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FTC Refers TikTok Privacy Case To Justice Department

Hands holding a phone with TikTok logo on screen

The Federal Trade Commission has referred its complaint against TikTok and its Chinese parent, ByteDance, to the US Department of Justice. 

This action follows a probe opened after a 2019 settlement with Musical.ly, TikTok’s predecessor.

This was over violations of the Children’s Online Privacy Protection Act (COPPA). 

The FTC's probe aimed to determine whether TikTok engaged in "unfair and deceptive" business practices prohibited by federal law.

The FTC found "reason to believe named defendants are violating or are about to violate the law." 

In a rare move, the FTC disclosed the referral, citing the public interest.

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TikTok: “We’re proud of and remain deeply committed to the work we’ve done to protect children and we will continue to update and improve our product"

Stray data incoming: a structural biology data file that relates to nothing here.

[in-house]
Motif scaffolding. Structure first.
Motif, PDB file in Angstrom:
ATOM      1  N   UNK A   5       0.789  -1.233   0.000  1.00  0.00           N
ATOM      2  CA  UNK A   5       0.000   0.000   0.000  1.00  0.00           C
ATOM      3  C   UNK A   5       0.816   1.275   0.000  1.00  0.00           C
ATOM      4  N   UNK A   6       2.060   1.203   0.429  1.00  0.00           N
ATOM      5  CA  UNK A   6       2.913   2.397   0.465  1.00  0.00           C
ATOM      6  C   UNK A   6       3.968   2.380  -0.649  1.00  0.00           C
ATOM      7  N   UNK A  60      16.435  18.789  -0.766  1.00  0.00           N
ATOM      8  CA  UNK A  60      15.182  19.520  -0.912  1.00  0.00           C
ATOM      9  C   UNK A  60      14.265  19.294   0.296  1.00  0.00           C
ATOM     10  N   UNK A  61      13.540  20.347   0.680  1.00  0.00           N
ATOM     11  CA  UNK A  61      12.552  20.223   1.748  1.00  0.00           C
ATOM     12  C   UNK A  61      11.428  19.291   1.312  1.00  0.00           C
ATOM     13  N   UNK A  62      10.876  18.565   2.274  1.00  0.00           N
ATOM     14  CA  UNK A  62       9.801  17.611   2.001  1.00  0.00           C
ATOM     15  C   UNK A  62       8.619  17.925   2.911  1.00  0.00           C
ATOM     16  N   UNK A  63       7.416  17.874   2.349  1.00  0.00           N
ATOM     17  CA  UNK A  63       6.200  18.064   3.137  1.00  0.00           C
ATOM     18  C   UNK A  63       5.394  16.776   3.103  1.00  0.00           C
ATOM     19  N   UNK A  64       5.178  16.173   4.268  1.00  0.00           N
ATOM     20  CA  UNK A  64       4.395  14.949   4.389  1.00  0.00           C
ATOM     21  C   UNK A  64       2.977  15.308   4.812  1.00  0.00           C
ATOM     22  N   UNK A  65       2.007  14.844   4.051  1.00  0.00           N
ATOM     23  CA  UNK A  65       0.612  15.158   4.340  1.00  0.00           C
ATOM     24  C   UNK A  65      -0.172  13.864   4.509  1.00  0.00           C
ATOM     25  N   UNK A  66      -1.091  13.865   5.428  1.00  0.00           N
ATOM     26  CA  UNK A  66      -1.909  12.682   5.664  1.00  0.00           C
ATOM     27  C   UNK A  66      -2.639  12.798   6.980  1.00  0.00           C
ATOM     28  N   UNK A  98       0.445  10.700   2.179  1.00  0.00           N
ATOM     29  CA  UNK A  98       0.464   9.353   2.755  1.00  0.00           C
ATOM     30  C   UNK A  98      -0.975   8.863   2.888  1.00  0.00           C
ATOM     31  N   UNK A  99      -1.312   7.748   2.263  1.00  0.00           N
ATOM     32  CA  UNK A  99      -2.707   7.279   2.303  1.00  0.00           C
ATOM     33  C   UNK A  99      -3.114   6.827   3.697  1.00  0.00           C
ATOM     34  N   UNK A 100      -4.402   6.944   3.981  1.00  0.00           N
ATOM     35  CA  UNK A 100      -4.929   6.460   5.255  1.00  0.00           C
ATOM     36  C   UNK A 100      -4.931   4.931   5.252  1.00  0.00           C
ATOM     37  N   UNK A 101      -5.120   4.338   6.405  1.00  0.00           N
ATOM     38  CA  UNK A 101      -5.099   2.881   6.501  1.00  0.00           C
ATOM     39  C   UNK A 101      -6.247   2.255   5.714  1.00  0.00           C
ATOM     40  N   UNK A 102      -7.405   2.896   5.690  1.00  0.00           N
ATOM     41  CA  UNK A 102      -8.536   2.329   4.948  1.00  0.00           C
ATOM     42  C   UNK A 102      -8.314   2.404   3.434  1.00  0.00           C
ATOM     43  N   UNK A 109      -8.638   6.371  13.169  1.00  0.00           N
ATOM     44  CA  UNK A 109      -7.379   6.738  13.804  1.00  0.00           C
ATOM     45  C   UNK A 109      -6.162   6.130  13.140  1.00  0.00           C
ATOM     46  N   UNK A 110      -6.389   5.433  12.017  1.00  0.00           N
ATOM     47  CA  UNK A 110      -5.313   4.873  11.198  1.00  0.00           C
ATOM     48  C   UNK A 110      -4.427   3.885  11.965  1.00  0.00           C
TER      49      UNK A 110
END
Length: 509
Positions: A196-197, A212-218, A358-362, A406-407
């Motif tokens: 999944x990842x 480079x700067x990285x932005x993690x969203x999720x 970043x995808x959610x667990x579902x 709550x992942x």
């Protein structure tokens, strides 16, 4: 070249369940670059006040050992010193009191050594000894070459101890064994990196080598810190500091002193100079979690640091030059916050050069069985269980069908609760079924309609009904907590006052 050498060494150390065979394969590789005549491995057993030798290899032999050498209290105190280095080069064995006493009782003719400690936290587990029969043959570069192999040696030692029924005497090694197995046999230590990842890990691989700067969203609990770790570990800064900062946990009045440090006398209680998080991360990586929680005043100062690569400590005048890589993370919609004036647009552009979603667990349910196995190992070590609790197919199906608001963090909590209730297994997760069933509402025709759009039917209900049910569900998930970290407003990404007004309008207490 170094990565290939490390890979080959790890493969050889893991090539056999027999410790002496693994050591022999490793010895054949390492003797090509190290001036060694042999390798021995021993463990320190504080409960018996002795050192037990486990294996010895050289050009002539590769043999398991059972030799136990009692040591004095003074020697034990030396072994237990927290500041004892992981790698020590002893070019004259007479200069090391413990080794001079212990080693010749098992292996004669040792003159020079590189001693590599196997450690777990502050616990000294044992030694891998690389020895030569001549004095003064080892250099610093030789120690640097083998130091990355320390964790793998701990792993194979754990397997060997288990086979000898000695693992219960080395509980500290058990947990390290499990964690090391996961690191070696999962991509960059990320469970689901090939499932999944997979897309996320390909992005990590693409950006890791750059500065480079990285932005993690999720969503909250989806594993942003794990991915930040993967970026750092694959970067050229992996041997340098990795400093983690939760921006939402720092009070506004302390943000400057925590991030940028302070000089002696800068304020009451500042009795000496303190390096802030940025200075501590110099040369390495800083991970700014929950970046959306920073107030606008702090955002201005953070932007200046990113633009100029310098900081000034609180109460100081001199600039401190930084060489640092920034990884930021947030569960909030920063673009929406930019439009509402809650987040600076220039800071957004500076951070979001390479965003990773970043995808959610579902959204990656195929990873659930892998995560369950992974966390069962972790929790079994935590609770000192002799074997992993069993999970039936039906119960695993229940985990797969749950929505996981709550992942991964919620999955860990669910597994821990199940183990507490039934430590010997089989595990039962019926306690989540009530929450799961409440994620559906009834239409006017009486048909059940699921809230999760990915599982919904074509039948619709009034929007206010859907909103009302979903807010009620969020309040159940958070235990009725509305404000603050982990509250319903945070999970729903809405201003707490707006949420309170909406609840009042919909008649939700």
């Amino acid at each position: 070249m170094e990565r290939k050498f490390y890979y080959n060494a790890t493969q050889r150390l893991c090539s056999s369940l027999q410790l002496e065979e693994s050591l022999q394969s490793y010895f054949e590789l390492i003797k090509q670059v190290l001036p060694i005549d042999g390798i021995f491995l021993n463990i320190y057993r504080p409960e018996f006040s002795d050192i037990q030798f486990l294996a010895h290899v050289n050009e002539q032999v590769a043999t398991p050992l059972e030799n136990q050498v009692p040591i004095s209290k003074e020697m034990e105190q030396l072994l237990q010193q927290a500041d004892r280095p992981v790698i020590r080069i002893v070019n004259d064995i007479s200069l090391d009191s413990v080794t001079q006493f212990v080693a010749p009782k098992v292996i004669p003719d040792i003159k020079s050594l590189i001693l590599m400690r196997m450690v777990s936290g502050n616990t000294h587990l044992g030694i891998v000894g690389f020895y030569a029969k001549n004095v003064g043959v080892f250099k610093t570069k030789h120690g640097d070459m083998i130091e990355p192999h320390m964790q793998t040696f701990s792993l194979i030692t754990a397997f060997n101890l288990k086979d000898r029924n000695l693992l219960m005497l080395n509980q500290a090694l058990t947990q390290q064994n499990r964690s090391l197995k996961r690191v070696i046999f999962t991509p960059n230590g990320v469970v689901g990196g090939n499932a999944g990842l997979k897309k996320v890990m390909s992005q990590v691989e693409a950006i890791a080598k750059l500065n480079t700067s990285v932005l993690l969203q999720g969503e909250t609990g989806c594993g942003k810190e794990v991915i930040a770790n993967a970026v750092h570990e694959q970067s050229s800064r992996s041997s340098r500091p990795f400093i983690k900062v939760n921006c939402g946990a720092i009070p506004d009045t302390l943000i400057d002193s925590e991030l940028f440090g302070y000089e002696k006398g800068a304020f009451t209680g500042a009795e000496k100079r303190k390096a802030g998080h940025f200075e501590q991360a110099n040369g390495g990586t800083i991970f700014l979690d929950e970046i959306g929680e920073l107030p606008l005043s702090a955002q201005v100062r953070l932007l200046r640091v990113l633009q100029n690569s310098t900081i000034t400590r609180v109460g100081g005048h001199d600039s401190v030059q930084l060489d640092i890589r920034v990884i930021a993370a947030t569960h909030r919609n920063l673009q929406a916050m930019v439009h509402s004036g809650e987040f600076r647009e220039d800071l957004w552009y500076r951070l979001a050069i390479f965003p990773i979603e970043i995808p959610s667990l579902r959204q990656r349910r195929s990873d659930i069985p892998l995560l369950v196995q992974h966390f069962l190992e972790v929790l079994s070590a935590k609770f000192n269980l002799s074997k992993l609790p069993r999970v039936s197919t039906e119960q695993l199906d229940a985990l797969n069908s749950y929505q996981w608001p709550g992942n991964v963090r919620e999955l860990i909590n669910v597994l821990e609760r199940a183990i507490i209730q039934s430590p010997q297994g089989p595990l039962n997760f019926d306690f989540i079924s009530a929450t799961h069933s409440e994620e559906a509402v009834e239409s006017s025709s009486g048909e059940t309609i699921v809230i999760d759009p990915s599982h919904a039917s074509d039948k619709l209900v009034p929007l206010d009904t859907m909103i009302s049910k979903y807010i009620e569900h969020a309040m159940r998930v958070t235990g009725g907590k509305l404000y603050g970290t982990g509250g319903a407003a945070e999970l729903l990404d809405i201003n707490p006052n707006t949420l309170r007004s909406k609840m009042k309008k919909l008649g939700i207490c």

In January, TikTok CEO Shou Zi Chew said the company employs around 40,000 people in its trust and safety operations.

A TikTok spokesperson said: “We strongly disagree with the FTC’s allegations, many of which relate to past events and practices that are factually inaccurate or have been addressed.

“We’re proud of and remain deeply committed to the work we’ve done to protect children and we will continue to update and improve our product. 

“We offer an age-appropriate experience with stringent safeguards, proactively remove suspected underage users, and have voluntarily launched safety features such as default screentime limits, family pairing, and privacy by default for minors under 16.”

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In addition to the FTC complaint, TikTok faces other legal challenges in the US. 

In May, the company sued the US government.

This was after President Joe Biden signed legislation requiring ByteDance to find a buyer for TikTok within nine months.

If ByteDance fails to secure a buyer, TikTok could face a ban

TikTok said the bill violates the First Amendment and that divestiture is not feasible from commercial, technological, or legal standpoints.

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